Standard-essential patents: help or hindrance in the IoT?


Peter Koch

Standard-essential patents: help or hindrance in the IoT?


While the internet of things will create an ever-more interconnected technology landscape, it may cause major problems in the area of standard-essential patents if the new framework is not managed carefully. Peter Koch of Pinsent Masons investigates.

The internet of things (IoT) will result in an increase in connectivity between devices. In order to enable seamless communication of devices with each other, regardless of manufacturer, operating system, or other technical components, standard based communication is key.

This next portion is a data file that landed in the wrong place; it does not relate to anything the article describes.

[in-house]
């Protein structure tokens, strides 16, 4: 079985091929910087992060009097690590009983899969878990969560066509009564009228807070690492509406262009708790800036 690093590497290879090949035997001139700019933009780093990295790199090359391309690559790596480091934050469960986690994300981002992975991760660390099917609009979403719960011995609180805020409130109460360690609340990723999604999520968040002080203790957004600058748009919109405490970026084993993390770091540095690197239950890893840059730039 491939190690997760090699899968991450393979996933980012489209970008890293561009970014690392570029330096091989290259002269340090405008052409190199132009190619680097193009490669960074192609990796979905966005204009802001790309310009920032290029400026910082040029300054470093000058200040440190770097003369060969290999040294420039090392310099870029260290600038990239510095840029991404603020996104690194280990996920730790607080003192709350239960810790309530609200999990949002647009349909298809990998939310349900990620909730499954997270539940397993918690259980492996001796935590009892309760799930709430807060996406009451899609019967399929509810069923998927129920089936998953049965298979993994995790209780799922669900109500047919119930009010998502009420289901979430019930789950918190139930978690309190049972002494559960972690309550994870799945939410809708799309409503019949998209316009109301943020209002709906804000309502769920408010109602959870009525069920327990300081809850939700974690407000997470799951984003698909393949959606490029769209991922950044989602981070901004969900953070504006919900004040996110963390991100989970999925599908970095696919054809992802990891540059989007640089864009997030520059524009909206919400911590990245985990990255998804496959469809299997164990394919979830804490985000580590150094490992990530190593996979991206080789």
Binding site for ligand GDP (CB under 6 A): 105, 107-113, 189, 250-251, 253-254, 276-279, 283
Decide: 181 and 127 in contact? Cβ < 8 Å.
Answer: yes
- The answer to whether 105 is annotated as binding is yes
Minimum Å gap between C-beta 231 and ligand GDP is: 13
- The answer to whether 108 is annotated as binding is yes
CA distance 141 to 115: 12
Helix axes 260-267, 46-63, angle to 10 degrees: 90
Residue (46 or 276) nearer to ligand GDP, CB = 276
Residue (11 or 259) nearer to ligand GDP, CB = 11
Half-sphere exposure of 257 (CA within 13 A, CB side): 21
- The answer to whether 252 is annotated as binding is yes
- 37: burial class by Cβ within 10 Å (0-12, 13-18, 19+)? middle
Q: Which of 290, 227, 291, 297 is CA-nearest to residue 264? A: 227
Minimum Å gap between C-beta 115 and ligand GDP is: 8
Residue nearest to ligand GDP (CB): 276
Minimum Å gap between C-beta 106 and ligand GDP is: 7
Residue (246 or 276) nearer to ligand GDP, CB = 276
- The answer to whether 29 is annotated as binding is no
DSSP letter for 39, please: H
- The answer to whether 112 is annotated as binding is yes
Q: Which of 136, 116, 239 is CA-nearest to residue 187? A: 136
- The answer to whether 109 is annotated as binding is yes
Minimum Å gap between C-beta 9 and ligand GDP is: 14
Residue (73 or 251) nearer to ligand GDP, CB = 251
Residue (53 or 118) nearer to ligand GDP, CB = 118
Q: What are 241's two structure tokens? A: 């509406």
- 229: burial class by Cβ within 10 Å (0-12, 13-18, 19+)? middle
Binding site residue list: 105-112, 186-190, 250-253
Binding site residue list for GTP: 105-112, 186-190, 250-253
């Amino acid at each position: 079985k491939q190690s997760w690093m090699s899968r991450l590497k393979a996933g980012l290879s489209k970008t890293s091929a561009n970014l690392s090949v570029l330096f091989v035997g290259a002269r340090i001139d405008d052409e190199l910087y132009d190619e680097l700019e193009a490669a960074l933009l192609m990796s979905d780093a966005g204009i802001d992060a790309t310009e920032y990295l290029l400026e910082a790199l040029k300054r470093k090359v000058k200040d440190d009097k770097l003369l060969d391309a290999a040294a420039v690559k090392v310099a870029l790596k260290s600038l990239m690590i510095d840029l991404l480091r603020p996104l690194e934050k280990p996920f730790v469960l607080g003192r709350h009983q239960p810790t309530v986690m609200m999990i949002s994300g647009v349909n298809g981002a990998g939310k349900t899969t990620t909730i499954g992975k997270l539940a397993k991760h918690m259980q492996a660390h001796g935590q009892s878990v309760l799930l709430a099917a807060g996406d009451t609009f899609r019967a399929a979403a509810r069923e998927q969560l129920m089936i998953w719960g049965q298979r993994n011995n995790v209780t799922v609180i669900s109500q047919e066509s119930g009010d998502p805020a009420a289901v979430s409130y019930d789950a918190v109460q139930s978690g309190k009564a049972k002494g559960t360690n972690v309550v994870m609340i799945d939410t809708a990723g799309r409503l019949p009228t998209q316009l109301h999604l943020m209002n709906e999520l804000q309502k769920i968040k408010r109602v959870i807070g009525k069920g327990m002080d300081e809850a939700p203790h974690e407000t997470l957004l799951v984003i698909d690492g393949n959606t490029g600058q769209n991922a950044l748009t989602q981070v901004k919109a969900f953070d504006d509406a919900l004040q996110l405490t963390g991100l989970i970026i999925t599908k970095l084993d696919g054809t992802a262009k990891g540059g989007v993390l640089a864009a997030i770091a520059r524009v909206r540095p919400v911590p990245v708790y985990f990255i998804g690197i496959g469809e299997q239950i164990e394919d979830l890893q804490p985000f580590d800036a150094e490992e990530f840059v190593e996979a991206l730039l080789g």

This is generally achieved by the use of patents which have been declared essential to use of the standard: standard-essential patents (SEPs). In turn the holder of a SEP must commit to license it on fair, reasonable and non-discriminatory (FRAND) terms.

In the past, this has not prevented litigation, in particular in the area of mobile communication, which has become widely known as the “smartphone wars” and has been responsible for a variety of decisions trying to determine whether the parties are in fact FRAND compliant—and what that actually means.

Peter Koch, Pinsent Masons, IoT, Internet of Things, FRAND, patent